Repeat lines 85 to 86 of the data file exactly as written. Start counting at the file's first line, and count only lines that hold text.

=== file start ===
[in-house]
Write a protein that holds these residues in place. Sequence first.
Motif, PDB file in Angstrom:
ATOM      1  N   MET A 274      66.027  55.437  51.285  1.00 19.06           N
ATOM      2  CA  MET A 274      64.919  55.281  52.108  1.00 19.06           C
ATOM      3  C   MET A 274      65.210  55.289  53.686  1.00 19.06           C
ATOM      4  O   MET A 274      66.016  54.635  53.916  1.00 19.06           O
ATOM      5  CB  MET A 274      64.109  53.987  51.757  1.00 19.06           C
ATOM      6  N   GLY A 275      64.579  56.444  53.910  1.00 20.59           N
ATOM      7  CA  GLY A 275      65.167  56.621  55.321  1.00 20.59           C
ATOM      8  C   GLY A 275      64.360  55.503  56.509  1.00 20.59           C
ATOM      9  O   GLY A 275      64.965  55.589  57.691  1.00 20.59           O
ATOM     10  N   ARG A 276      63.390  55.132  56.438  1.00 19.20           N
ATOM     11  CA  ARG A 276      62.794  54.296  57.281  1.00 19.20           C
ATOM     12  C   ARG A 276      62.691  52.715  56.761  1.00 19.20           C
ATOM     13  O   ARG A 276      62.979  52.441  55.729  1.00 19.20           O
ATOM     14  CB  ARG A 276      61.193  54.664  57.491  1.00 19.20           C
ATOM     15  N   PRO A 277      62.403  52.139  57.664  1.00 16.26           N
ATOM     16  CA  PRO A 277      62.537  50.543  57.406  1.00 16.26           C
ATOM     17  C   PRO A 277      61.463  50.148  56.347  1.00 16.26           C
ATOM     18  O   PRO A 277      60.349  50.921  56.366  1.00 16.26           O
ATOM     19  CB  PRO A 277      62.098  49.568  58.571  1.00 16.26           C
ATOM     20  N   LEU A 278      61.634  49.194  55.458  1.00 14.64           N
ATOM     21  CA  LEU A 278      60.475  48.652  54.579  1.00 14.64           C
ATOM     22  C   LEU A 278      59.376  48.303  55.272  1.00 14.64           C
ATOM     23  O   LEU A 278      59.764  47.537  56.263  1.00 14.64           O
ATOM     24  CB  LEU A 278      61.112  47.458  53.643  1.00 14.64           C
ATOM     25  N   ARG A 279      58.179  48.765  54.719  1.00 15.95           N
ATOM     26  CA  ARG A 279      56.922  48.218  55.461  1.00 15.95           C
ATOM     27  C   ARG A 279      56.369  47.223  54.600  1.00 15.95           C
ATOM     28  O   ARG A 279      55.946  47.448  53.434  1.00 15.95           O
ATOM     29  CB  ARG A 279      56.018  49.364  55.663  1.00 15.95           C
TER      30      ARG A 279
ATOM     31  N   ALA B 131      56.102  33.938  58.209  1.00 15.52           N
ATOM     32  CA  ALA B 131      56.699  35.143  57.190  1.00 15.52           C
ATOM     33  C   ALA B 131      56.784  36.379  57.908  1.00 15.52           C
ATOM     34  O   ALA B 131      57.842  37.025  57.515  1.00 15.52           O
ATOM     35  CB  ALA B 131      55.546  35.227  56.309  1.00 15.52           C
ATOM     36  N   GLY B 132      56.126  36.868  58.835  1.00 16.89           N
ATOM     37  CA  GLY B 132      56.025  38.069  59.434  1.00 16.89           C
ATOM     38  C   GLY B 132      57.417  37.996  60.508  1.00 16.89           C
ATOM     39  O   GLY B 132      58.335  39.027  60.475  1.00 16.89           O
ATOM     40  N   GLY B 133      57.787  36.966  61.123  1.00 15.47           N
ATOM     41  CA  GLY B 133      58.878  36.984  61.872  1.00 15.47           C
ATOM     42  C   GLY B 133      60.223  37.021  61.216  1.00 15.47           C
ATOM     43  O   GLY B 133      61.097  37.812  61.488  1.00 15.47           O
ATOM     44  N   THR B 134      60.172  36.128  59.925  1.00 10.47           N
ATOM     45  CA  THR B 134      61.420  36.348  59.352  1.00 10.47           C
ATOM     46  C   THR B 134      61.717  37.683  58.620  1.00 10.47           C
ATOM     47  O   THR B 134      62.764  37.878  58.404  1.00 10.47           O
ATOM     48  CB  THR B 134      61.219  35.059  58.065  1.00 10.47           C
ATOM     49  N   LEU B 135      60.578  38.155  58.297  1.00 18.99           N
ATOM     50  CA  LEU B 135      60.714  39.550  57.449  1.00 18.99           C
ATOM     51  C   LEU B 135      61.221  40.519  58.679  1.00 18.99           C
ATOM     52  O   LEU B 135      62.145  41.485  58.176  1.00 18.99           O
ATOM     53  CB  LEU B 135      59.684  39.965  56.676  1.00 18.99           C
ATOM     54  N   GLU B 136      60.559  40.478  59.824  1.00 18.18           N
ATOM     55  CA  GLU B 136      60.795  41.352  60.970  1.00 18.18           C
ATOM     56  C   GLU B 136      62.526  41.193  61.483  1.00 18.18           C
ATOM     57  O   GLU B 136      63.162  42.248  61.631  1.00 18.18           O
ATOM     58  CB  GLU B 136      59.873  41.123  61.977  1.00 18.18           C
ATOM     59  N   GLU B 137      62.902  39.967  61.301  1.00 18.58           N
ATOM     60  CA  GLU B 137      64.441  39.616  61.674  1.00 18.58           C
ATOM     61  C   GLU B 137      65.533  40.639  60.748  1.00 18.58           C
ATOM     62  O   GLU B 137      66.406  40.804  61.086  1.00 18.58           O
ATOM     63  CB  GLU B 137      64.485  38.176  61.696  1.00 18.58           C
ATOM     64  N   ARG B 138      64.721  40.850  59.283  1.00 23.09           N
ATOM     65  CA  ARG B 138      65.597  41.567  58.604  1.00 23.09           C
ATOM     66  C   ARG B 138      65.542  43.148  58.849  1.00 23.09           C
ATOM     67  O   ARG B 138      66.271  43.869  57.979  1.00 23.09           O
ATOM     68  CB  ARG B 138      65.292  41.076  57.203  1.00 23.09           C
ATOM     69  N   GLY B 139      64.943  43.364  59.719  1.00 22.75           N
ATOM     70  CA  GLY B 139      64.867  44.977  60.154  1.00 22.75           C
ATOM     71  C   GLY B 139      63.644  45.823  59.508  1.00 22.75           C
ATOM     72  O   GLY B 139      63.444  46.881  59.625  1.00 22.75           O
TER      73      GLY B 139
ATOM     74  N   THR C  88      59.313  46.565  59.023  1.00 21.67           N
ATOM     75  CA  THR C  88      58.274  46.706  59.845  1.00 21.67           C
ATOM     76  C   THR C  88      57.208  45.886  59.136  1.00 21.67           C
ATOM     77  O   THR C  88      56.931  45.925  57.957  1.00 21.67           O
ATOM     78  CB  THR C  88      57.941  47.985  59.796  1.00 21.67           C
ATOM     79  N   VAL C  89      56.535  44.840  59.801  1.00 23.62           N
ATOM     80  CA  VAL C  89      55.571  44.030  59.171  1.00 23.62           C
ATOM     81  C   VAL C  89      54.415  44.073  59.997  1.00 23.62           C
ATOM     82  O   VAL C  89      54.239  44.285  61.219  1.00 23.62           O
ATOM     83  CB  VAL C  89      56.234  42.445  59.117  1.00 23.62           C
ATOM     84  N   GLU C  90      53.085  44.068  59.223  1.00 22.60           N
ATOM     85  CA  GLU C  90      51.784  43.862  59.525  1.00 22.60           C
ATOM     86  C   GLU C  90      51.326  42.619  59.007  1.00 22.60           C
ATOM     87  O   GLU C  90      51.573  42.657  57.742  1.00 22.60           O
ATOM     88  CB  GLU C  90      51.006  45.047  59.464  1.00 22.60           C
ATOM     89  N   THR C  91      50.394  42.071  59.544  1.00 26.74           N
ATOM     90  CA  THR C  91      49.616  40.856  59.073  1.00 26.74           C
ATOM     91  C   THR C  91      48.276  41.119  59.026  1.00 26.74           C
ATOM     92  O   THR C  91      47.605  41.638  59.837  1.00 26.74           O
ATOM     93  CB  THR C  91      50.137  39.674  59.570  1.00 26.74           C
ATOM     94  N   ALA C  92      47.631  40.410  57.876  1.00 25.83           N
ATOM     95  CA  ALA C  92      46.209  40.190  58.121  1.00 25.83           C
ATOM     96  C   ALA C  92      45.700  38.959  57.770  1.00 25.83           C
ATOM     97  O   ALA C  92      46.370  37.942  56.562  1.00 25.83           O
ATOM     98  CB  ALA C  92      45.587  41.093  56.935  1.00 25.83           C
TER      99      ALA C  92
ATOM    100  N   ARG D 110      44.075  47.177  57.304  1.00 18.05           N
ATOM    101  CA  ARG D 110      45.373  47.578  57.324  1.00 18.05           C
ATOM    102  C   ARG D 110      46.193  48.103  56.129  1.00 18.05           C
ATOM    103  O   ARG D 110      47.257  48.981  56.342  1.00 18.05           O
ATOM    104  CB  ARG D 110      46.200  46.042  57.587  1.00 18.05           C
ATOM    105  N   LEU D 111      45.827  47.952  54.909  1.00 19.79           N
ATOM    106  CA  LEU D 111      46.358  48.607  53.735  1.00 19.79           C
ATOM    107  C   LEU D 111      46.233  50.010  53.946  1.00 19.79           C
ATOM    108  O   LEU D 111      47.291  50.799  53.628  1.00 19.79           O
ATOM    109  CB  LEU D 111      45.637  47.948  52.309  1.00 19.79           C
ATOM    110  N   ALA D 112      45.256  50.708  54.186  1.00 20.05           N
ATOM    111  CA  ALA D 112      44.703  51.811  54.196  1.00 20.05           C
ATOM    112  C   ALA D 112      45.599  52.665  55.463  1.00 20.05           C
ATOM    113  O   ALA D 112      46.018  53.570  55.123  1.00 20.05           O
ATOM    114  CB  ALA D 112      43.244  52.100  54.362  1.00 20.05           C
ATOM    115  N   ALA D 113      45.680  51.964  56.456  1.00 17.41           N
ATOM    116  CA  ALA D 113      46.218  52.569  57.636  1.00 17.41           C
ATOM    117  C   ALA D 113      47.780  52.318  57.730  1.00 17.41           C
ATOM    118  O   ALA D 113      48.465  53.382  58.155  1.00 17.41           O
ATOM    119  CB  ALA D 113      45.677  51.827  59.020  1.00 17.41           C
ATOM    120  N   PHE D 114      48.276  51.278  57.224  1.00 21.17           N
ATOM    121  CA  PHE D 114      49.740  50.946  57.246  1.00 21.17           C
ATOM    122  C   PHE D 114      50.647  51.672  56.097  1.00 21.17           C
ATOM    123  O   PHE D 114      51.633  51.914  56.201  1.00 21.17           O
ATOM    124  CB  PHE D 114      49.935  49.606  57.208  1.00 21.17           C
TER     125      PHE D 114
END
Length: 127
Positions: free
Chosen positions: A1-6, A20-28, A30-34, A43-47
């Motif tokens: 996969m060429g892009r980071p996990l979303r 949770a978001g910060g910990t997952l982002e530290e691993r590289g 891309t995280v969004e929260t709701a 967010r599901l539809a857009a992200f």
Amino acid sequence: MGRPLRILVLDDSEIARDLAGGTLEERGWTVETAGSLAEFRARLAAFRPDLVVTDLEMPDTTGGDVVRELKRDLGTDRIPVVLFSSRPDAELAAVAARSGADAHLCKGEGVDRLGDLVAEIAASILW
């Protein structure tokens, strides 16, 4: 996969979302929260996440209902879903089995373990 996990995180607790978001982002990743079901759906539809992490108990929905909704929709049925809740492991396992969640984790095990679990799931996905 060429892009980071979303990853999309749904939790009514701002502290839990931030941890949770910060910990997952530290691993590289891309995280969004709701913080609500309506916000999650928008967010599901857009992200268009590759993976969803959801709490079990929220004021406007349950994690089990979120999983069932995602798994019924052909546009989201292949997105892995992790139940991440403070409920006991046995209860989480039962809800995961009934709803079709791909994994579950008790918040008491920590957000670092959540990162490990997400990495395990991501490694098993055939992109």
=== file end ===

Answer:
ATOM     82  O   VAL C  89      54.239  44.285  61.219  1.00 23.62           O
ATOM     83  CB  VAL C  89      56.234  42.445  59.117  1.00 23.62           C